IN what international observers called a great success for Africa, an estimated 90 percent of voters participated in Mozambique's first democratic elections, overcoming a 75 percent illiteracy rate, logistical problems, and a short-lived boycott by the main opposition movement.
``The people of Mozambique provided us a lesson in democracy,'' said Italian clergyman Don Mateo Zuppi. ``This process was a great sign for the rest of Africa.'' Mr. Zuppi helped negotiate 1992 peace accords that ended 16 years of civil war between the rebel Mozambique National Resistance Movement, or Renamo, and the Mozambique Liberation Front, or Frelimo.
Final results of the Oct. 27-29 poll are not expected for two weeks, but early returns from one pro-government region showed overwhelming victory for President Joaquim Chissano of Frelimo.
Polling station monitors, some working by lantern light, toiled through the night to sift through piles of ballot papers after three days of voting ended at 6 p.m. Saturday.
``This is one of the most orderly, methodical elections I have ever seen in Africa,'' said British politician David Steel, an observer from the Association of European Parliamentarians for Southern Africa.
Hours before the polls opened, Renamo's Afonso Dhlakama announced he was boycotting, raising fears throughout the region that the country might go the way of Angola, another former Portuguese colony where rebels resumed a devastating civil war after rejecting defeat in UN-monitored elections in 1992.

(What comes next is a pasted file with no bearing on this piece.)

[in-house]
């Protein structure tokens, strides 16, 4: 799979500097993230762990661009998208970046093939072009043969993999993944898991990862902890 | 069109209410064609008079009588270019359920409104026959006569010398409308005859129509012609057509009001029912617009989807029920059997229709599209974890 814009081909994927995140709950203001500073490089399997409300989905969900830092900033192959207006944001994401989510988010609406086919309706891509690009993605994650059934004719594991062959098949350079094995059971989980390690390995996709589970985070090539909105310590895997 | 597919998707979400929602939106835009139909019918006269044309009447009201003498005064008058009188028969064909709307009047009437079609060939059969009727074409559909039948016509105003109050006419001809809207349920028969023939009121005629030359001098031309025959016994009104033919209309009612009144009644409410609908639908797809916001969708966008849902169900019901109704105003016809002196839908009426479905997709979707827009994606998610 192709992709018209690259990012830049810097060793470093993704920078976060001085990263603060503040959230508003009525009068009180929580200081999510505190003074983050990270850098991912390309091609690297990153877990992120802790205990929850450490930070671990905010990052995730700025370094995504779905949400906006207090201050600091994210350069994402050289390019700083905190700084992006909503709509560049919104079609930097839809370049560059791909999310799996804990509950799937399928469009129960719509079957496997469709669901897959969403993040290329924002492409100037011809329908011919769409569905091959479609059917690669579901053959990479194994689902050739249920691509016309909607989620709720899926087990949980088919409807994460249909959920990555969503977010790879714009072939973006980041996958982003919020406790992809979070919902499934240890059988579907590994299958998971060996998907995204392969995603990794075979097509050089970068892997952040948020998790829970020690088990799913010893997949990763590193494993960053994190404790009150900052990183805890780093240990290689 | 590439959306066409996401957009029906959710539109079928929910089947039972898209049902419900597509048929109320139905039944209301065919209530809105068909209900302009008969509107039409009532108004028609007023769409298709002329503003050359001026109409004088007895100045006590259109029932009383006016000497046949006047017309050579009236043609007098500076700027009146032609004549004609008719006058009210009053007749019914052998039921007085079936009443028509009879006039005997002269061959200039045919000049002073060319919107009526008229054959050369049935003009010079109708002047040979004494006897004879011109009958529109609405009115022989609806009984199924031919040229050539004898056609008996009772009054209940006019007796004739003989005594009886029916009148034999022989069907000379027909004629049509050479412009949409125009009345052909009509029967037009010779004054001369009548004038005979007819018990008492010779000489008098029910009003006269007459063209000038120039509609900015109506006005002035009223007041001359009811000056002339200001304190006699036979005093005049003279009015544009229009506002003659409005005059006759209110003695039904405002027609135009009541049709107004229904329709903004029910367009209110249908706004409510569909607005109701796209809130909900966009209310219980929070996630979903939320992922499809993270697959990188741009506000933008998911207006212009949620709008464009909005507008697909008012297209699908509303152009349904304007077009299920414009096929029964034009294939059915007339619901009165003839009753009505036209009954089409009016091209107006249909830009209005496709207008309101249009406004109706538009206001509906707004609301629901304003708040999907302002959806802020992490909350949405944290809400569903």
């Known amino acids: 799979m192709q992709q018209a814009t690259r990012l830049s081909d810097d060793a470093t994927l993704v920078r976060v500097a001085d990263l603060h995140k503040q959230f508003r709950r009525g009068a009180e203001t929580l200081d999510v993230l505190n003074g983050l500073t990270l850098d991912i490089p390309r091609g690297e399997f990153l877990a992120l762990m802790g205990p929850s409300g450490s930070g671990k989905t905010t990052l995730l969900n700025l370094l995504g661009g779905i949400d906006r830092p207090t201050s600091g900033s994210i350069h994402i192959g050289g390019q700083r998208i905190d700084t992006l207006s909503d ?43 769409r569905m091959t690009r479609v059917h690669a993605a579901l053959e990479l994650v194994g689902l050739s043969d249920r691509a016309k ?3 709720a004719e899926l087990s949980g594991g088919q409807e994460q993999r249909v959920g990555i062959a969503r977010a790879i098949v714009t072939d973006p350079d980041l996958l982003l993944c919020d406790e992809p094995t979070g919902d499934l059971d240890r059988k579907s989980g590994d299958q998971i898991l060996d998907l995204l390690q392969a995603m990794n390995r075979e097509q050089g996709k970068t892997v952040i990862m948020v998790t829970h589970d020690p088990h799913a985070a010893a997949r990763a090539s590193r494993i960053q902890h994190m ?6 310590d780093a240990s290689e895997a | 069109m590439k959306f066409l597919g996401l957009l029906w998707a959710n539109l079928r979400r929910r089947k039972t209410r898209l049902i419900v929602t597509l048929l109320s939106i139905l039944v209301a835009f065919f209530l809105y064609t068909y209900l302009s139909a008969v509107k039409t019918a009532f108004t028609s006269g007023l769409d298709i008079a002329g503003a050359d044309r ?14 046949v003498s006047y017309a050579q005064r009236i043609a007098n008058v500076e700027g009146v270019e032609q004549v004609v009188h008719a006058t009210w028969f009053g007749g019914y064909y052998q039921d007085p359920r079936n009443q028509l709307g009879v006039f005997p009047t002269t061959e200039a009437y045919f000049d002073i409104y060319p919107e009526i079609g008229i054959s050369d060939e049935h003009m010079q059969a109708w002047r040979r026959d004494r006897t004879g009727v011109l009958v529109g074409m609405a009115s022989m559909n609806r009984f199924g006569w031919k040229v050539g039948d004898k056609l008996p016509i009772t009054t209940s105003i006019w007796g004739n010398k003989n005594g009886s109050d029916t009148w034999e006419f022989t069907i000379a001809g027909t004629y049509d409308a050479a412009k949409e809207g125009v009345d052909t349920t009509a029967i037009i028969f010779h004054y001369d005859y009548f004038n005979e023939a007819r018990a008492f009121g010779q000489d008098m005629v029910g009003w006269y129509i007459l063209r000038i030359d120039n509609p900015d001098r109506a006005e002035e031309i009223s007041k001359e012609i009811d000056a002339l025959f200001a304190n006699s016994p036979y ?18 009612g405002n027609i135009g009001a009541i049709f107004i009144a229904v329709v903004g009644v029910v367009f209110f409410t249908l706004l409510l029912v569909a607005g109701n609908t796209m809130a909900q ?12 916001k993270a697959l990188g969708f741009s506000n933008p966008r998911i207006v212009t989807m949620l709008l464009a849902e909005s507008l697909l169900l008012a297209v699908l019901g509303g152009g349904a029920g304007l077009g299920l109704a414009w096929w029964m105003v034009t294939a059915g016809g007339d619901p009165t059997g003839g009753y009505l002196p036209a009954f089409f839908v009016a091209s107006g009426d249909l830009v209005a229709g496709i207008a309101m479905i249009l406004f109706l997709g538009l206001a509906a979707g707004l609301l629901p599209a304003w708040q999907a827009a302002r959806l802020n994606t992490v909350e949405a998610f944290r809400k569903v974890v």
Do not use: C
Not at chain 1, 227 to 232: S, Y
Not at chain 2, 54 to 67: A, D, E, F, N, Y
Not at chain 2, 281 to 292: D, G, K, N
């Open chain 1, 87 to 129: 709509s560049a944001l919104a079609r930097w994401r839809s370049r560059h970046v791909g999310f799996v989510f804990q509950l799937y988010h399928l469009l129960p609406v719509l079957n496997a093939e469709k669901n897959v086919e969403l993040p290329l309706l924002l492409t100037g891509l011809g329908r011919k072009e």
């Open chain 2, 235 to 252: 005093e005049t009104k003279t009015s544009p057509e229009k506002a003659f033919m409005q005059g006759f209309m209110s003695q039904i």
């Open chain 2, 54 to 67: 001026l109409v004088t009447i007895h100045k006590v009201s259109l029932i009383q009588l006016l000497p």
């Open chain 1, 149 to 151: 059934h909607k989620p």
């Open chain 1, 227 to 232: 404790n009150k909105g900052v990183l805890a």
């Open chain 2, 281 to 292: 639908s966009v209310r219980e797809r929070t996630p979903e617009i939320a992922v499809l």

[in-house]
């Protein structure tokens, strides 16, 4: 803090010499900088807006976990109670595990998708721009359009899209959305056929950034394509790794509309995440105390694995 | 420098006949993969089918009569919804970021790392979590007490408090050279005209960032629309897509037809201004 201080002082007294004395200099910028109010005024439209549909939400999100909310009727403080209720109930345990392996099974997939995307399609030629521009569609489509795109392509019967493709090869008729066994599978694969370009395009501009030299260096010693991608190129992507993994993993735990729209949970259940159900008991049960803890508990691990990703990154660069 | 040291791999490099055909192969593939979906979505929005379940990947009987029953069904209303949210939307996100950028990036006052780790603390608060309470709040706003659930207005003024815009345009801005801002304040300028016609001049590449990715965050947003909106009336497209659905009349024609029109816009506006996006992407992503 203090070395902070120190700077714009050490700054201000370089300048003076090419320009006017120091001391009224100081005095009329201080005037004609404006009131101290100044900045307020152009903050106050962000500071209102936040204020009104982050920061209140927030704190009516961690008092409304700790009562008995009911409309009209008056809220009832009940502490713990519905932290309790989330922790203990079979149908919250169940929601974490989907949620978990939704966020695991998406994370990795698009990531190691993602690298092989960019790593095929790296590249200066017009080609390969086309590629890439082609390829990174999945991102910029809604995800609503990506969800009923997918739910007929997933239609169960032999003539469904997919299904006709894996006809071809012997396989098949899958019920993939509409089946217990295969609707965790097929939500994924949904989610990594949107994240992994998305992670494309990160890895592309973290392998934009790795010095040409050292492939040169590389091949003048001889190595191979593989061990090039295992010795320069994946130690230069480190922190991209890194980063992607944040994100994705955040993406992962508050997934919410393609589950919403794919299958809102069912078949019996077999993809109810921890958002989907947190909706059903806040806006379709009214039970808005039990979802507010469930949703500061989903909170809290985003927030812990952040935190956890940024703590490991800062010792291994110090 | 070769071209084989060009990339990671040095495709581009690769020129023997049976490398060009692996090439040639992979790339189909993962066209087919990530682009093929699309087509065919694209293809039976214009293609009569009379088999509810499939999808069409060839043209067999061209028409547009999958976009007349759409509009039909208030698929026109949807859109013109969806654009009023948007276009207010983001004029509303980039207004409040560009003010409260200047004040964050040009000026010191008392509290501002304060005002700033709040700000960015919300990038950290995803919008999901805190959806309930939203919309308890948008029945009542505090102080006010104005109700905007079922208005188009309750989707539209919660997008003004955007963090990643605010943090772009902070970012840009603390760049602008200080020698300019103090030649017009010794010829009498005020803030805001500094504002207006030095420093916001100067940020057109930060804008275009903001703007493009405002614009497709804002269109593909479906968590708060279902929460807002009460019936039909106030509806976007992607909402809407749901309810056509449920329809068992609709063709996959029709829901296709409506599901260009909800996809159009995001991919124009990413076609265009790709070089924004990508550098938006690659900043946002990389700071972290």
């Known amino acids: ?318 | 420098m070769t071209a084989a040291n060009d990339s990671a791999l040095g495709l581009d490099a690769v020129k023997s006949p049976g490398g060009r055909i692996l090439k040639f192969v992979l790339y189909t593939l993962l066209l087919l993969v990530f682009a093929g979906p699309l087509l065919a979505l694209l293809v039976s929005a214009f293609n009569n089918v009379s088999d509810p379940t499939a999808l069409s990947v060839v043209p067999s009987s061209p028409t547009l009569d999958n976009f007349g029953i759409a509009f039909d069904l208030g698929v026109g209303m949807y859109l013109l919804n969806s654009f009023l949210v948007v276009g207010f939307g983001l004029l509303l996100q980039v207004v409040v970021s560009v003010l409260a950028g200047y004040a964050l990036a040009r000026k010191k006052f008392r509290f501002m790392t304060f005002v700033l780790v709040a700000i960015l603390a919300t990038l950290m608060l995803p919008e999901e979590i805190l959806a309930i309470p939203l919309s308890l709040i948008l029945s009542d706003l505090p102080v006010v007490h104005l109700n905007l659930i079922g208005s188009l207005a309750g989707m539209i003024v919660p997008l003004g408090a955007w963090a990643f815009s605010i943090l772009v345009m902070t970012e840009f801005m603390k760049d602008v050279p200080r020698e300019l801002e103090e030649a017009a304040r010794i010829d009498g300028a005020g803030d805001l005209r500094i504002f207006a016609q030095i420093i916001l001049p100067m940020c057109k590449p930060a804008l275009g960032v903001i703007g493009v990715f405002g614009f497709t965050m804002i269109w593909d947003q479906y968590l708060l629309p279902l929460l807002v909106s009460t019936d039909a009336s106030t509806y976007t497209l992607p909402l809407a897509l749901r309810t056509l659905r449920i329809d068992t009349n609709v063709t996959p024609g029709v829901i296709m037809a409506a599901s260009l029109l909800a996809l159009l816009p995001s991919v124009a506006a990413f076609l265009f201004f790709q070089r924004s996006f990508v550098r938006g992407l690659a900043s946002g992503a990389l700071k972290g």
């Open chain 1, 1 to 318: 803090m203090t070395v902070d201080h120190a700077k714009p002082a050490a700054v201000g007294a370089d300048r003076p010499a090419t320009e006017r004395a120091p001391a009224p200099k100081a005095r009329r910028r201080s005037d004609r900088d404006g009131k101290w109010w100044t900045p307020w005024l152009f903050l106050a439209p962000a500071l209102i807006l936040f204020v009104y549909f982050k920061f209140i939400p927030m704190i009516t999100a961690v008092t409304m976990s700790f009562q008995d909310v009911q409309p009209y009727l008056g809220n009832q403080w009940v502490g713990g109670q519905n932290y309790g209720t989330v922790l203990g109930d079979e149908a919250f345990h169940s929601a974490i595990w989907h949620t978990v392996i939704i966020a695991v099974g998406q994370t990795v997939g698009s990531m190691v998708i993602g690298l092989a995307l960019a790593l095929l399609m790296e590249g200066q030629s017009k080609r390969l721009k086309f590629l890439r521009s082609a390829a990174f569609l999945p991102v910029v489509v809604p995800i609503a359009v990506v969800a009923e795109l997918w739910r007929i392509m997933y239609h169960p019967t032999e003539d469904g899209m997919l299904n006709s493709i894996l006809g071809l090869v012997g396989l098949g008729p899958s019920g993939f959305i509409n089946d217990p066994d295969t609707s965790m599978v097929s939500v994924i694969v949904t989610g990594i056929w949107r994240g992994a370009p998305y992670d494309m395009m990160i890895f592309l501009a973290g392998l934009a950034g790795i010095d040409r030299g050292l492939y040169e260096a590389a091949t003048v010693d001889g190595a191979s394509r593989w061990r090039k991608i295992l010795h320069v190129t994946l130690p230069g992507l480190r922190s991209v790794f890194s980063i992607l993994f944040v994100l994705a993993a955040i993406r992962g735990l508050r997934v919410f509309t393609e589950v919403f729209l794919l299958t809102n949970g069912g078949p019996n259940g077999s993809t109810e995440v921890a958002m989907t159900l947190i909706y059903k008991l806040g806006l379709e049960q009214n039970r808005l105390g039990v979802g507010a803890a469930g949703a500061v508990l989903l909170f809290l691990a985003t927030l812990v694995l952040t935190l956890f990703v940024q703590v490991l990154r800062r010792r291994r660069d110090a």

Election monitors across Mozambique said only a trickle of people voted on the extra day declared by the National Electoral Commission after Mr. Dhlakama ended his boycott under international pressure.
``My hope is that the worst is over and that our elections will produce a government acceptable to the people, which is stable and is able to consolidate peace and reconciliation,'' said Roman Catholic Archbishop Jaime Goncaleves, in Renamo's stronghold of Beira. ``I hope we don't have war again.''
Dhlakama relented Friday after veiled threats of military intervention by neighboring countries and guarantees that the international community would investigate claims of electoral fraud.
Tough negotiations lie ahead over the possibility of Renamo and Frelimo forming a government of national unity.